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Clin Colon Rectal Surg. 2004 February; 17(1): 5–6.
PMCID: PMC2780073
Ulcerative Colitis
Editor in Chief David E. Beck M.D.
Guest Editor Bruce G. Wolff M.D.

Colorectal Cancer Screening: Why Aren't We Doing Better?

March 2004 has again been designated as National Colorectal Cancer Awareness month. This is the fifth year that March has received this designation and despite the efforts of multiple organizations, our progress in eliminating or significantly reducing colorectal cancer has been slow. As specialists in the field, we know that colorectal cancer is common and can be prevented, and that survival is related to tumor stage at diagnosis. As such, colorectal cancer fulfills the criteria for a disease in which screening is appropriate.1 Unfortunately, screening is not universally performed. Several factors continue to limit our efforts. The more important ones are knowledge, compliance, availability, and economics.

From the standpoint of knowledge, we must continue to educate our patients and colleagues on colorectal cancer. Colorectal cancer is the second most common cause of cancer related deaths and one of the few truly preventable cancers. The American Cancer Society estimates we will diagnose 135,400 new cases of colorectal cancer in 2004 and over 57,000 of our patients will die from this disease.2 Prognosis is related to disease stage and screening identifies precursors of cancer (e.g., polyps) as well as cancer in its early stages.3,4,5 A reduced mortality results from removing adenomatous polyps and screening is cost-effective.6,7,8

Screening has been shown to be less expensive than treating colorectal cancer if compliance rates are high and the cost of screening tests is reasonable.6 Colonoscopy is the preferred screening method and Medicare has reimbursed screening colonoscopy since July 1, 2001. Despite these facts, compliance with colorectal screening remains low for patients and providers.6,7,8 Screening recommendations are not always provided to patients and too many physicians and their families have not been screened.

Even if all patients at risk were compliant, availability of colonoscopy remains a concern. It is estimated that there are over 50 million US patients at risk for colorectal cancer. Currently, there are ~12,000 gastroenterologists, 1,200 colorectal surgeons, and 20,000 general surgeons practicing in the United States. If all these physicians spent 50% of their time doing colonoscopy (150 days a year) and completed 15 colonoscopies a day, they would perform fewer than 5 million colonoscopies a year. Unfortunately, not all of these physicians perform colonoscopy (especially the general surgeons), many don't spend such a high percentage of their time doing colonoscopy, and often they don't do as many procedures per day. These limitations have led to waiting times of several months for screening colonoscopy in many locations. Possible solutions are to train more endoscopists (especially our general surgery residents) and to build enough endoscopy space.

Scheduling also plays a role in efficiency. The most efficient use of physician time is to allow endoscopists to have two rooms available when they scope. Maximum unit efficiency is obtained if the procedure time can be kept to less than half the room turnaround time. CT or MRI colonography is under development, but currently requires more physician time to interrupt the study than most colonoscopists require to perform an exam. Patients still require a bowel preparation, the accuracy is limited, and there is no therapeutic potential. Until radiologists' time and equipment can be economically competitive and other limitations can be resolved, colonography will have a role, but not a major one.9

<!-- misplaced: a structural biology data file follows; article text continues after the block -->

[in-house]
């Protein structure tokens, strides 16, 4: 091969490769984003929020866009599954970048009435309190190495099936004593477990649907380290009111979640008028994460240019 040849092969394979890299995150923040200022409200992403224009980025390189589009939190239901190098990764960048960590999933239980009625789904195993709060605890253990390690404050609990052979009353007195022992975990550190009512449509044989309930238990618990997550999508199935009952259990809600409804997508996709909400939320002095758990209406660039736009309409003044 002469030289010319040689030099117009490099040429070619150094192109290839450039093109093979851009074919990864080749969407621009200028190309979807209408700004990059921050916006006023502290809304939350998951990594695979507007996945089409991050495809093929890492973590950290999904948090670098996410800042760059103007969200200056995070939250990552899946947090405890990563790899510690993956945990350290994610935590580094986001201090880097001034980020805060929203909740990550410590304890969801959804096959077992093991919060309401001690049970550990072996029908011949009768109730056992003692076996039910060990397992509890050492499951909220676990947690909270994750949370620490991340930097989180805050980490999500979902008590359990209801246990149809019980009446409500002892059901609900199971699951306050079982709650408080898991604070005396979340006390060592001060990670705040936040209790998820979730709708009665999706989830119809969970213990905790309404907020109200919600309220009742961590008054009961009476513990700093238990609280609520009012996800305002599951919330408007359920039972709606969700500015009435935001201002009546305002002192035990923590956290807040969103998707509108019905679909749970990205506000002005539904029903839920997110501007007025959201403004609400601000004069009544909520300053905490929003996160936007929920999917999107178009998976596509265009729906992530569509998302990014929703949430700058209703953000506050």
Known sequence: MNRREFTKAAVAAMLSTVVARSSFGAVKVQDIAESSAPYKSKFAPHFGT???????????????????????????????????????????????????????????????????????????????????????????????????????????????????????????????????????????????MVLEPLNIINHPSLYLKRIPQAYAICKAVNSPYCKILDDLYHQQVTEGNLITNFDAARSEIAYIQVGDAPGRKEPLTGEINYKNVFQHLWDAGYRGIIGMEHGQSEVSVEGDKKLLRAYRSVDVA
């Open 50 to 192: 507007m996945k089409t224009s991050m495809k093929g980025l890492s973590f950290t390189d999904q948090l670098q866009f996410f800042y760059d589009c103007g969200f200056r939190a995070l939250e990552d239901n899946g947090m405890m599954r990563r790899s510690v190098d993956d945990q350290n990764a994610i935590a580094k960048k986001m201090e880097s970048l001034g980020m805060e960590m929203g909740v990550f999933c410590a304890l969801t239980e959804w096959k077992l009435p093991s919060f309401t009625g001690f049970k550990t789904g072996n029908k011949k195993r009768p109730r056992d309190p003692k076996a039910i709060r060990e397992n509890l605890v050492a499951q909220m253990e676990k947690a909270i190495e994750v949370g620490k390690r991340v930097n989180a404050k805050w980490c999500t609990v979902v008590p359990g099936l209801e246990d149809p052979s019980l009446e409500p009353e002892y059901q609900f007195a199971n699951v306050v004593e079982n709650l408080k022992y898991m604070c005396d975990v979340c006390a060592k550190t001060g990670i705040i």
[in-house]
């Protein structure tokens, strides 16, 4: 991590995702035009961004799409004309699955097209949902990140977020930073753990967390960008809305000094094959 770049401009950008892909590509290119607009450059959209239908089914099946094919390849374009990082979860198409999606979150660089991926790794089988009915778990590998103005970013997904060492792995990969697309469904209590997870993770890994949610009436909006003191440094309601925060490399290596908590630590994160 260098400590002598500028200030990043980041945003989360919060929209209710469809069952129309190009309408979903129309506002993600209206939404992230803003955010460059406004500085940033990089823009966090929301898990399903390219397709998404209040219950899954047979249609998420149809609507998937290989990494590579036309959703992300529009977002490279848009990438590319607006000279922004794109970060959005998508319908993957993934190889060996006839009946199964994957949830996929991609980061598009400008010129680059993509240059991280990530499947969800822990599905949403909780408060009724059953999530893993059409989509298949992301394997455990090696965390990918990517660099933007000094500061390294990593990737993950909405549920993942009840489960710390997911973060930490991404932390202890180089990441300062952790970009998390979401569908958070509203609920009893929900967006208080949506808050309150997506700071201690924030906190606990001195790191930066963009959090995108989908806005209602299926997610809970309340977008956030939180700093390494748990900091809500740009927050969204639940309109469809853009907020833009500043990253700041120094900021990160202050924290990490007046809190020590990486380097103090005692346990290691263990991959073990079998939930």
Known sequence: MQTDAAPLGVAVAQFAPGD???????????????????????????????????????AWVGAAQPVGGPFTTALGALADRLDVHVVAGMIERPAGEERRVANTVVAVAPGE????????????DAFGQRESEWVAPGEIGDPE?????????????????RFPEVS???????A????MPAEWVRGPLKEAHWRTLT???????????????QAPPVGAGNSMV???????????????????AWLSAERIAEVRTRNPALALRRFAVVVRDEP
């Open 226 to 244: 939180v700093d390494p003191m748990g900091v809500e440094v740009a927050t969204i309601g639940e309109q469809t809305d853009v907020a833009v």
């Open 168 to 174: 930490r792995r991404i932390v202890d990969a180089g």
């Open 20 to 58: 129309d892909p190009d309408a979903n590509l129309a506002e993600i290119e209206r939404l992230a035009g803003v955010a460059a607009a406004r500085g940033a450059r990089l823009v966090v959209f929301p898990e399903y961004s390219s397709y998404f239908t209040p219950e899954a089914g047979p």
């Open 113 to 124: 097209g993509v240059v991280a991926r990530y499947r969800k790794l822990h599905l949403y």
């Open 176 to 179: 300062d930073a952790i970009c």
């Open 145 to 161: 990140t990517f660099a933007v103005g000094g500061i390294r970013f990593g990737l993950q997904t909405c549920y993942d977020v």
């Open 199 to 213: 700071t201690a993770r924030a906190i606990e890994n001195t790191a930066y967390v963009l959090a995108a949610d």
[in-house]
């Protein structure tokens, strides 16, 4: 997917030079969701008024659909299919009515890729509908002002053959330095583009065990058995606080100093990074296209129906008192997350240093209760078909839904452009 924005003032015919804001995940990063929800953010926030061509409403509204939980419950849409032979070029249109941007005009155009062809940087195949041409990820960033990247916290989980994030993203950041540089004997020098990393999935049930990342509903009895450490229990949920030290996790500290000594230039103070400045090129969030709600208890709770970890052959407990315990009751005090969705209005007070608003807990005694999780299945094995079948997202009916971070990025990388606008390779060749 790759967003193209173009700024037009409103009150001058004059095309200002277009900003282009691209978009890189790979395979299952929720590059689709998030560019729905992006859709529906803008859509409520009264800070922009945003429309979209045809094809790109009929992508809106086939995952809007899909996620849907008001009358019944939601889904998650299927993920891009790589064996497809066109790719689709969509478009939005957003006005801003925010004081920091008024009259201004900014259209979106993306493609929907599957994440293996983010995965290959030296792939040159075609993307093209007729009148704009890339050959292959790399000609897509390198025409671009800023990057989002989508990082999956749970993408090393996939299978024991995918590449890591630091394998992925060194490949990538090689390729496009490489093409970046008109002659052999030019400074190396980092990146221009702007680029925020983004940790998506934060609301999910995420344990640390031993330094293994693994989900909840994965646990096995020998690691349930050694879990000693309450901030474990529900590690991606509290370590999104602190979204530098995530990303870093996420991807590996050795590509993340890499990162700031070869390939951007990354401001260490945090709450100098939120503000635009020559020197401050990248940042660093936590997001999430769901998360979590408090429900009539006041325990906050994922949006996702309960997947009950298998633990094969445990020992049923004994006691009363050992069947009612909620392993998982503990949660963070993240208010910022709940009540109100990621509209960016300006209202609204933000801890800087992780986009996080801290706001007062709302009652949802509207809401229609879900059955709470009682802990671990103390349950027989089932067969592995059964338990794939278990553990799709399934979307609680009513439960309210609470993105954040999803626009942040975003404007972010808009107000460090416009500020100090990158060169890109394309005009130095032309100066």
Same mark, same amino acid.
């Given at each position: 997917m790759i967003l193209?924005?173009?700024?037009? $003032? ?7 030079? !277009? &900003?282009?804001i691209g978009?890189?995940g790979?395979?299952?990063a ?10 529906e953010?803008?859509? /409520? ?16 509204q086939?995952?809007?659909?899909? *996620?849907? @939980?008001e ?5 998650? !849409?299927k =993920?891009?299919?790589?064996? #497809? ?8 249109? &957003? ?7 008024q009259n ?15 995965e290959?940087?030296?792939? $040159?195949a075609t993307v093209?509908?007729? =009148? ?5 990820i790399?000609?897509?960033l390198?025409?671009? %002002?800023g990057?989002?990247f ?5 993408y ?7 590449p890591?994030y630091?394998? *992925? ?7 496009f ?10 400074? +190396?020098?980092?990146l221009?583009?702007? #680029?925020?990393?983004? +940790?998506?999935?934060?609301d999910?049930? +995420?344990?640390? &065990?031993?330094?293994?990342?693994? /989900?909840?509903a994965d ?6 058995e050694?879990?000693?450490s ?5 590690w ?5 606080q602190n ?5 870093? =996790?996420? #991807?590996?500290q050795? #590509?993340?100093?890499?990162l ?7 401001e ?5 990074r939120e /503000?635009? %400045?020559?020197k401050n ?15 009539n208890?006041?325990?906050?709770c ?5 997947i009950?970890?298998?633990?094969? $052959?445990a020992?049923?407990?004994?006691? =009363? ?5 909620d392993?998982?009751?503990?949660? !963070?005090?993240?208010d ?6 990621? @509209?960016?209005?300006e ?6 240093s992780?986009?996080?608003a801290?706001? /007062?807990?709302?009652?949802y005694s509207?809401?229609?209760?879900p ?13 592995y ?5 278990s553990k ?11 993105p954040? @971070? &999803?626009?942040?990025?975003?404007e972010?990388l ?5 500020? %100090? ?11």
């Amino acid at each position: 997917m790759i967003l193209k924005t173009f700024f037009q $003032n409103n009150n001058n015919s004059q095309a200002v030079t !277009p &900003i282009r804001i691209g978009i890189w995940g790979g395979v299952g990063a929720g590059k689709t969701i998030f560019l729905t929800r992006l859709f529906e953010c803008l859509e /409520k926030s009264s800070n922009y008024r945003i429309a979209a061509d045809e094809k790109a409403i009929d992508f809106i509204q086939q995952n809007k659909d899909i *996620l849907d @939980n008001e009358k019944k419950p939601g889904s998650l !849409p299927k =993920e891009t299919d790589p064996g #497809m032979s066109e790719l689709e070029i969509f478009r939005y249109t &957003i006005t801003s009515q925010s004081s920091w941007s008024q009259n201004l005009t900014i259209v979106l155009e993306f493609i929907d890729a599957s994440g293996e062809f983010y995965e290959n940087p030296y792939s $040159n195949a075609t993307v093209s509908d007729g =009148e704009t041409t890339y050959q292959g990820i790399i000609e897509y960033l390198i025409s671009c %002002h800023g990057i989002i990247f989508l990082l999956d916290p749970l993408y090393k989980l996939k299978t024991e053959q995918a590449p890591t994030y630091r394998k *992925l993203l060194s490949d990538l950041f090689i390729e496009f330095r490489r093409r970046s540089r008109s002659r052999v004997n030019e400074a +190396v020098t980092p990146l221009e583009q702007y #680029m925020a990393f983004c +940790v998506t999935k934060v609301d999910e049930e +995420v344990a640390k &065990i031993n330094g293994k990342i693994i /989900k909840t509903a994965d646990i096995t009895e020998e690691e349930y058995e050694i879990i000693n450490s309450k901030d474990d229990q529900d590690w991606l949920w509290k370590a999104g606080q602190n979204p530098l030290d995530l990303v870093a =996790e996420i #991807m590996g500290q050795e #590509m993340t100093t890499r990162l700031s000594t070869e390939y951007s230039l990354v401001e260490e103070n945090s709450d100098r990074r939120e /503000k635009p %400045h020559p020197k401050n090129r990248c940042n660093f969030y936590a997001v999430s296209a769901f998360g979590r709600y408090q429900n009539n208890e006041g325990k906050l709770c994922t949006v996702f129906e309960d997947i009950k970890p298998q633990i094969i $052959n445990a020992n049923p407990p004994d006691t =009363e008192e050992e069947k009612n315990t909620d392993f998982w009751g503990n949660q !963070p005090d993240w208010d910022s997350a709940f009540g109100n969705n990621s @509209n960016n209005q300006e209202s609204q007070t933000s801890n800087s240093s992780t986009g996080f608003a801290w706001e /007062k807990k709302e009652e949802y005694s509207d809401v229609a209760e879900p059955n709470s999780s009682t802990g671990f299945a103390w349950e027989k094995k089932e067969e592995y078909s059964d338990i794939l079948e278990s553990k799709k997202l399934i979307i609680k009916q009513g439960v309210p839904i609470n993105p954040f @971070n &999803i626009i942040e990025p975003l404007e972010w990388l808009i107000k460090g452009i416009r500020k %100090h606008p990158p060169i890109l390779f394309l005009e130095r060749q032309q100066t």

Multiple efforts continue to push for expanded colorectal screening. Dr. Ernestine Hambrick is a leading advocate with the Stop Colon/Rectal Cancer Foundation (http://www.coloncancerprevention.org/). The American Society of Colon and Rectal Surgeons has organized educational seminars for patients and the news media at our national meetings and supports public relations activities promoting colorectal cancer screening. In addition to supporting such organizations, we must make screening a daily component of our patient care and train an adequate number of endoscopists. We are making progress, but each of us must increase our efforts to expand screening until it becomes universal. This remains our best chance to eliminate this major health concern.

REFERENCES

1. Beck D E. Colorectal cancer screening. Clin Colon Rectal Surg. 2000;14:115.
2. Greenlee R T, Hill-Harmon M B, Murray T, Thun M. Cancer statistics, 2001. CA Cancer J Clin. 2001;51:15–36. [PubMed]
3. Mandel J S, Bond J H, Church T R, et al. Reducing mortality from colorectal cancer by screening for fecal occult blood. N Engl J Med. 1993;328:1365–1371. [PubMed]
4. Selby J V, Friedeman G D, Quesenberry C P, et al. A case-controlled study of screening sigmoidoscopy and mortality from colorectal cancer. N Engl J Med. 1992;326:653–657. [PubMed]
5. Newcomb P A, Norfleet R G, Storer B E, Surawicz T S, Marcus P M. Screening sigmoidoscopy and colorectal cancer mortality. J Natl Cancer Inst. 1992;84:1572–1575. [PubMed]
6. Winawer S J, Zauber A AG, Ho M N, et al. Prevention of colorectal cancer by colonoscopic polypectomy. N Engl J Med. 1993;329:1977–1981. [PubMed]
7. Lieberman D A. Cost-effectiveness of colon cancer screening. Am J Gastroenterol. 1991;86:1789–1794. [PubMed]
8. Jaffe P E. Colorectal cancer screening and surveillance. Clin Colon Rectal Surg. 2001;14:359–367.
9. Weinstein L S, Timmcke A E. Future technology: colography and wireless capsule. Clin Colon Rectal Surg. 2001;14:393–399.

Articles from Clinics in Colon and Rectal Surgery are provided here courtesy of Thieme Medical Publishers